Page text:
He who calls you is faithful; he will surely do it. (1 Thessalonians 5:24)
“…. If you too struggle to understand or explain Reformed Theology, let me offer you one verse to sum up the basics: 1 Thessalonians 5:24.
“He who calls you…”
God initiates relationship with sinners. This is contrary to every other religion that tells you how to seek God. The fallacy of seeking God is that sin has made man incapable and unwilling of seeking God. It is the farthest thing from fallen man’s desire. That is not to say that fallen men and women do not seek gods. They seek, find, and make gods–idols–everywhere. But they want no part of the true God. He is utterly unlovely and undesirable to the fallen mind.
No, God must and does seek sinners. The story of the Bible is of a holy God calling sinful men and women into relationship with himself. His call, made efficacious by the Holy Spirit, changes a man’s nature. That change, made possible by the atoning death of Jesus Christ, makes God utterly beautiful and worthy of worship. But make no mistake, relationship with God is initiated by God.
Good relationships die without faithfulness. Whether friendship, business relationship, marriage, or divine covenant, faithfulness must be present. Every other religion touts man’s faithfulness to God as the basis of divine relationship. Man performs; God rewards.
Only this runs contrary to all that we know about ourselves. Humans live in relational carnage. The best and deepest of human relationships are scarred by failed expectations. The experiment of fallen humanity has produced one law: man is unfaithful.
This is the glory of the gospel–of the Reformed variety. It is God who is faithful for both himself and man. Jesus Christ took up man’s place in his incarnation and lived an utterly faithful life to God even unto death. This faithfulness is imputed to Christians by God’s free grace through faith. Man is made faithful in Christ. God–unchangeable by nature–roots the promise of redemption in his own faithful character. True relationship with God is built on God’s faithfulness alone.
“…he will surely do it.”
The “it” of this statement is the completed salvation mentioned in the previous verse. Many Christians will claim God’s sovereignty in salvation but vacillate when it comes to God’s sovereignty in Christian living. They end up advocating a “justified by God, sanctified by self” view of Christian life.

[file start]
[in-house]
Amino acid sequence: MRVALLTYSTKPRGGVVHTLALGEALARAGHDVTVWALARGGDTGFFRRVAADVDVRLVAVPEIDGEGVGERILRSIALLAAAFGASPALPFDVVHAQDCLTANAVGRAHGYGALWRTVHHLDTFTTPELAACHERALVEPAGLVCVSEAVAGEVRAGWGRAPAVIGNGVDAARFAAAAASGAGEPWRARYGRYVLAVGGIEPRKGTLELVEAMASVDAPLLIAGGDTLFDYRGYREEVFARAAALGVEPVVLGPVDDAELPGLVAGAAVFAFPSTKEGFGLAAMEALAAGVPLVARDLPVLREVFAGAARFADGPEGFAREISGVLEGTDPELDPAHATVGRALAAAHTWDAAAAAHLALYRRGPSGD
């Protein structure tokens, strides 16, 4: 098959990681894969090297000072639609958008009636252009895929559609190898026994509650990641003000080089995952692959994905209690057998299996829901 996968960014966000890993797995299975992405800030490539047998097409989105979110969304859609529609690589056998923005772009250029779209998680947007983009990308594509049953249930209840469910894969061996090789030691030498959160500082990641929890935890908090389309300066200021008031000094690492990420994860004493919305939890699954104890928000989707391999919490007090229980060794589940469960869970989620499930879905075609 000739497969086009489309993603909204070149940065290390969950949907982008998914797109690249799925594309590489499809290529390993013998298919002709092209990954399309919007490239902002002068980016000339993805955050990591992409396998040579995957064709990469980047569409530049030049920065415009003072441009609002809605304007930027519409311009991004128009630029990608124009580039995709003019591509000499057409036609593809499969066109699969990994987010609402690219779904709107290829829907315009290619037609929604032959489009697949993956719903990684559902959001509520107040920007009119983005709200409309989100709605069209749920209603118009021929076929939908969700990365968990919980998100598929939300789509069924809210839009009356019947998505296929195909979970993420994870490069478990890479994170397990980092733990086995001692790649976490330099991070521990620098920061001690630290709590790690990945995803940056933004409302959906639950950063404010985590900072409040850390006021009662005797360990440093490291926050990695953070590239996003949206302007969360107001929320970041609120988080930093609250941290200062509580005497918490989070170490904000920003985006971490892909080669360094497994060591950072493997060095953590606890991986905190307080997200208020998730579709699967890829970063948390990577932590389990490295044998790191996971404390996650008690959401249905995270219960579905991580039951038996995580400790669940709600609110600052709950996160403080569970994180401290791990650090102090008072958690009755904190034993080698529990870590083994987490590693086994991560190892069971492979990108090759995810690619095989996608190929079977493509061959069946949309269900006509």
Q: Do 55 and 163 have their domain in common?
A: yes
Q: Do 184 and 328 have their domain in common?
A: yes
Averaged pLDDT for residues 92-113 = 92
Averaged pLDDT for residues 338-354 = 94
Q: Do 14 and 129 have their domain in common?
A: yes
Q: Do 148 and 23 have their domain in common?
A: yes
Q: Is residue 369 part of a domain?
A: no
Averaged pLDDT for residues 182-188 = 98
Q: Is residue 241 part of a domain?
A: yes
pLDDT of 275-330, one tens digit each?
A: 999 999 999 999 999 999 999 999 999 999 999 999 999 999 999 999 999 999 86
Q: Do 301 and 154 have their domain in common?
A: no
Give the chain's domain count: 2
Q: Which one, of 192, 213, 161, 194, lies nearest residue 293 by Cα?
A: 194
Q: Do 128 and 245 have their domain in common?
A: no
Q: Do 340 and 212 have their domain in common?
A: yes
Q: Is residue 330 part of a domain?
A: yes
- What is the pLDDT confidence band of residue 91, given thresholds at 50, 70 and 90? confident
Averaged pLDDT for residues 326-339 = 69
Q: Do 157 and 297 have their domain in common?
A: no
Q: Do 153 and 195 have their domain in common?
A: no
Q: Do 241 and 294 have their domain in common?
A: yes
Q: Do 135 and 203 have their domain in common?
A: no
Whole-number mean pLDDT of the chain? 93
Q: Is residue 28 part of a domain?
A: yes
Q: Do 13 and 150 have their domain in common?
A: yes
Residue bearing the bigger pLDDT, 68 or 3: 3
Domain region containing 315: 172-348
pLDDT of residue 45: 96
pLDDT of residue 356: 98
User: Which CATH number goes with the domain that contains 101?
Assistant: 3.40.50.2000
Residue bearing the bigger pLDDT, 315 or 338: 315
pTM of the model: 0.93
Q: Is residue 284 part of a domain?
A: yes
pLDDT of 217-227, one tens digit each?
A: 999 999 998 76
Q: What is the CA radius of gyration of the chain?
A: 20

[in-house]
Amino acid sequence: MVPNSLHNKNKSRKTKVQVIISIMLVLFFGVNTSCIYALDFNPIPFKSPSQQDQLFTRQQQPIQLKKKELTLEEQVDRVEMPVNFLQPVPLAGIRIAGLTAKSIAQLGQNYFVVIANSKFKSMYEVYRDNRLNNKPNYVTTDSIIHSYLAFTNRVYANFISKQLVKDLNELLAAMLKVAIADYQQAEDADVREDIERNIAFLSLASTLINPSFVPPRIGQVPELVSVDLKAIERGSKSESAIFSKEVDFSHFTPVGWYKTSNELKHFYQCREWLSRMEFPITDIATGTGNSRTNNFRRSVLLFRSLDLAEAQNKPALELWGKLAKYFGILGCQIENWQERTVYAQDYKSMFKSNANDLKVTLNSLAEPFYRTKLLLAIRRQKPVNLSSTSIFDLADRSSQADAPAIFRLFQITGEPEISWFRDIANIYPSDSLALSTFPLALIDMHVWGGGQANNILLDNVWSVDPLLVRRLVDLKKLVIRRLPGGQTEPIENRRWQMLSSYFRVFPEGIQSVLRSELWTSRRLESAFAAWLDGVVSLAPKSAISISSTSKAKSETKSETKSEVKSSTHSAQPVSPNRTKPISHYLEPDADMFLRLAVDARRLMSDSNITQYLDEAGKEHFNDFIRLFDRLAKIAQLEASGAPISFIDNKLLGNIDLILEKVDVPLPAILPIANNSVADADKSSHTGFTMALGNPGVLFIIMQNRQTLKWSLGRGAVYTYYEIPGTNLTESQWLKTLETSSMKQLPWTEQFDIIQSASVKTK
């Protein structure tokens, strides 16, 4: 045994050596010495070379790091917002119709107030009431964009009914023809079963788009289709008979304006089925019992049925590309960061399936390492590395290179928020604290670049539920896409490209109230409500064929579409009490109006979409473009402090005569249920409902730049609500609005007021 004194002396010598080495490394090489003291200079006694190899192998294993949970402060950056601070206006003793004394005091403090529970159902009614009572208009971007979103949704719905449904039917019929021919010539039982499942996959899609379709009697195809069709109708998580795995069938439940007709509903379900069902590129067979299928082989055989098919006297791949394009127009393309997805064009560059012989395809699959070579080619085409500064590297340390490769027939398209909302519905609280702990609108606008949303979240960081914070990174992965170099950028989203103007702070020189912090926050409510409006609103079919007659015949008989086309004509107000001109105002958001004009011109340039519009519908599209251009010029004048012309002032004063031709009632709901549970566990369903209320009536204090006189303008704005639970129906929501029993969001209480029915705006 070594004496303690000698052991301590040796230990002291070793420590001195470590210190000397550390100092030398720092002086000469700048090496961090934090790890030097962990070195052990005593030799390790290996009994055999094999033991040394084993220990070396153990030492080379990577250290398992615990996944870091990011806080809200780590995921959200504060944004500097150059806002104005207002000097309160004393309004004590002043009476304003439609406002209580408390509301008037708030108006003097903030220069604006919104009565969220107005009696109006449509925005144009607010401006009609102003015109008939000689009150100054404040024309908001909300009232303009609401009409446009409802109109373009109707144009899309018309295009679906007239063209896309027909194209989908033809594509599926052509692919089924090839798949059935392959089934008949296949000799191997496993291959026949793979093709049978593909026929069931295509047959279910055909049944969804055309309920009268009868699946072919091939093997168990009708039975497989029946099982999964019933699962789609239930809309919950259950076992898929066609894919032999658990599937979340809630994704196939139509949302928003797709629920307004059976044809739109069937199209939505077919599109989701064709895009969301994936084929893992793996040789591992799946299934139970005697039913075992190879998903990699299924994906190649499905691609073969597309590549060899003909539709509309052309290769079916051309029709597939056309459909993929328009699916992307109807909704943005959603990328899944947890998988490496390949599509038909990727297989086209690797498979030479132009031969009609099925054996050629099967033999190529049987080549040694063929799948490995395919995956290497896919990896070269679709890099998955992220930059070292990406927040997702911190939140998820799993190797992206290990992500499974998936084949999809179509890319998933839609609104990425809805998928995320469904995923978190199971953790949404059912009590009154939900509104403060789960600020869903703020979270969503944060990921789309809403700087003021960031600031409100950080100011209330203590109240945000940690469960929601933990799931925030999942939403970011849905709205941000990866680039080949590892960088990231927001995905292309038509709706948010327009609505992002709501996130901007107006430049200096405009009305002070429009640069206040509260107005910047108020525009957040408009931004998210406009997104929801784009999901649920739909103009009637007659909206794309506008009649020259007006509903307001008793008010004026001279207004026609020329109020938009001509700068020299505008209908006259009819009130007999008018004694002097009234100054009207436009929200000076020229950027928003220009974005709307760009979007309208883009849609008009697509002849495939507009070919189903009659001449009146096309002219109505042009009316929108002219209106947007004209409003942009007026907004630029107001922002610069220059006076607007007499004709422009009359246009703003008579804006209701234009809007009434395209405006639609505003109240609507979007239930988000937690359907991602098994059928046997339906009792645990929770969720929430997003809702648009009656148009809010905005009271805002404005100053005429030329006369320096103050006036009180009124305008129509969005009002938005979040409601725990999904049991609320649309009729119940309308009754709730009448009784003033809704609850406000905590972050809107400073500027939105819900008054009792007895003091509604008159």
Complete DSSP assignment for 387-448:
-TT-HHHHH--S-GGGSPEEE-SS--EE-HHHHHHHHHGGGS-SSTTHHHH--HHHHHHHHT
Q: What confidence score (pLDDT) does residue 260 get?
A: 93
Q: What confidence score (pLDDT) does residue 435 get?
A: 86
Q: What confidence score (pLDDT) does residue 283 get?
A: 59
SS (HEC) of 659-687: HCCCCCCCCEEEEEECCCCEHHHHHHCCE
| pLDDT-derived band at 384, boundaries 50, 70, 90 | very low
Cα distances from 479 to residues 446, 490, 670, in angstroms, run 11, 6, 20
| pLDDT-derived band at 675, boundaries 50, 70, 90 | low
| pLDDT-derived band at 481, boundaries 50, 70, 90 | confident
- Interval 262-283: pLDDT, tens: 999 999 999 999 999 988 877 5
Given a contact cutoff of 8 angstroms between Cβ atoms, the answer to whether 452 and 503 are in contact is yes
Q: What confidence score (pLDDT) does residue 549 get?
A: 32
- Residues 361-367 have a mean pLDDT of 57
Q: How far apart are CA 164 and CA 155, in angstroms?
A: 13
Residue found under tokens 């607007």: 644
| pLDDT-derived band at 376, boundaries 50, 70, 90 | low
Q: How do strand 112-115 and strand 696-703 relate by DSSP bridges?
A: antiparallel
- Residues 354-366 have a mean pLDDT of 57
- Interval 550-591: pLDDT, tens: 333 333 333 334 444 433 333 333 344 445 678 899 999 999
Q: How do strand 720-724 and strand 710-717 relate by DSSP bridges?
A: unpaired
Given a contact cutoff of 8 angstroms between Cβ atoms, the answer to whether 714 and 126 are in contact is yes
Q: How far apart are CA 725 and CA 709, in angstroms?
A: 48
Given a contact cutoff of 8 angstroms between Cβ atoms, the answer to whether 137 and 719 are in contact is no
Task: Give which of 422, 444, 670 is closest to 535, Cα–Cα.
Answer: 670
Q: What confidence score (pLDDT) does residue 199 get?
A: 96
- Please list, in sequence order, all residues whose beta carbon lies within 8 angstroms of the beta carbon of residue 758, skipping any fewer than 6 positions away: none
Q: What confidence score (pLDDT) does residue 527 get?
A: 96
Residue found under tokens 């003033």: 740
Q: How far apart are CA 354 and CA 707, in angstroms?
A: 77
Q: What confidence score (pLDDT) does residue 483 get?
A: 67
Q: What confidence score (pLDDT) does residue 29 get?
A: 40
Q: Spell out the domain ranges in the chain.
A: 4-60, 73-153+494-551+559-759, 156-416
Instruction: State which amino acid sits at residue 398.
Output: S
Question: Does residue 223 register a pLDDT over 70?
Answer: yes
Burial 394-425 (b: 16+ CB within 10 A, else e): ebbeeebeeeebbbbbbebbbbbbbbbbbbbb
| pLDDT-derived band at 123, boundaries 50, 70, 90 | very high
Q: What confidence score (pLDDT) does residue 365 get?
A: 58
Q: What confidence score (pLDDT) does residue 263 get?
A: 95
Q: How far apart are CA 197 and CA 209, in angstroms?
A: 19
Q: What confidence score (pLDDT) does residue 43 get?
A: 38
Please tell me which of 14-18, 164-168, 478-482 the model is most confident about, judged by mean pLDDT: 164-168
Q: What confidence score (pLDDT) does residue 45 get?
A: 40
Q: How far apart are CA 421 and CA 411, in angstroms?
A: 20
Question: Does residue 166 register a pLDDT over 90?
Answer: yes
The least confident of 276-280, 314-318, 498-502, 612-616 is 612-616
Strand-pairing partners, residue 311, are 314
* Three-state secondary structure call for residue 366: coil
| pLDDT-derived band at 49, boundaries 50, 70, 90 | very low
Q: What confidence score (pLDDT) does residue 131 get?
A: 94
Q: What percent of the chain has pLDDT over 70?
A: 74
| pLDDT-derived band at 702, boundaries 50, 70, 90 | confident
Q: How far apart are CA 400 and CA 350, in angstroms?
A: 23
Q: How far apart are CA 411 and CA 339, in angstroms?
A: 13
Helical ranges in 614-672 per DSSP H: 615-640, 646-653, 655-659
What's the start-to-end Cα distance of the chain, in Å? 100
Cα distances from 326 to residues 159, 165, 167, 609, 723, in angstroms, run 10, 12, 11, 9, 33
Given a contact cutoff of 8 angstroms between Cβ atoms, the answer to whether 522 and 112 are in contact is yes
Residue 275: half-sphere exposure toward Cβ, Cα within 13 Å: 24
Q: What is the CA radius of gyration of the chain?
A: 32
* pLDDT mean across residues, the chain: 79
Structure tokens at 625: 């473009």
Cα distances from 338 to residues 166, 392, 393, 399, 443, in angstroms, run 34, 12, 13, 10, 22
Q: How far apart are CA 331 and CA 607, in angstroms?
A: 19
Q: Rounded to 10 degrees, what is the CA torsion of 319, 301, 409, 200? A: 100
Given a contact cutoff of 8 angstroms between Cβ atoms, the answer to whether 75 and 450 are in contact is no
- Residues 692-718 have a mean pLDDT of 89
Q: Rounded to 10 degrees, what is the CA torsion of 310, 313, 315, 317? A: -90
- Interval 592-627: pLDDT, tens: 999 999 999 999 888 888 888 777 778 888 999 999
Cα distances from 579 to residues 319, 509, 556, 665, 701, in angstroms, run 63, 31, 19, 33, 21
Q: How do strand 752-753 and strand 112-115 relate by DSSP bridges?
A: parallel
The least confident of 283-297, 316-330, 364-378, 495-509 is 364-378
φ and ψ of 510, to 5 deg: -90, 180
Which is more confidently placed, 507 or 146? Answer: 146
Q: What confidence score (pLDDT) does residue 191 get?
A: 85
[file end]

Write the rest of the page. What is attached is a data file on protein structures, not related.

What does this look like? The litmus test is easy. Self-sanctification is motivated by guilt. God-sanctification is motivated by grace.
Self-sanctification looks at soul depravity and says, “I’m a failure I must do better. I need to read my Bible more, pray more, evangelize more, give more, attend church more. I will surely do it.”
God-sanctification looks at soul depravity and says, “I’m a failure I must find repent of my sins and find Jesus Christ to be my perfect righteousness. Out of thankfulness for free grace and through God’s power, I want to read my Bible more, pray more, evangelize more, give more, attend church more. God will surely do it.”
Do you see the difference?
It is God who works in us to will and to do of his own good pleasure. God’s sovereign grace justifies us. God’s sovereign grace sanctifies us. Jesus Christ is for us our righteousness and sanctification (1 Corinthians 1:30).
This is the essence of Reformed Theology, “He who calls you is faithful; he will surely do it.” It stands in contrast to man-centered Theology which says, “I who call upon God am faithful; I will surely do it.”
- It is God who initiates through his gracious call.
- It is God who alone is faithful for himself by his nature and for us through Christ.
- It is God who accomplishes our salvation through the indwelling Holy Spirit.
It is for these reasons that Biblical/Reformed theology always exalts one great theme: the glory of God. What a glorious God who loves us enough to display his sovereing grace in fallen men through the redemption only to be found in Jesus Christ!
This is Reformed Theology. But more importantly, this is the Bible’s theology.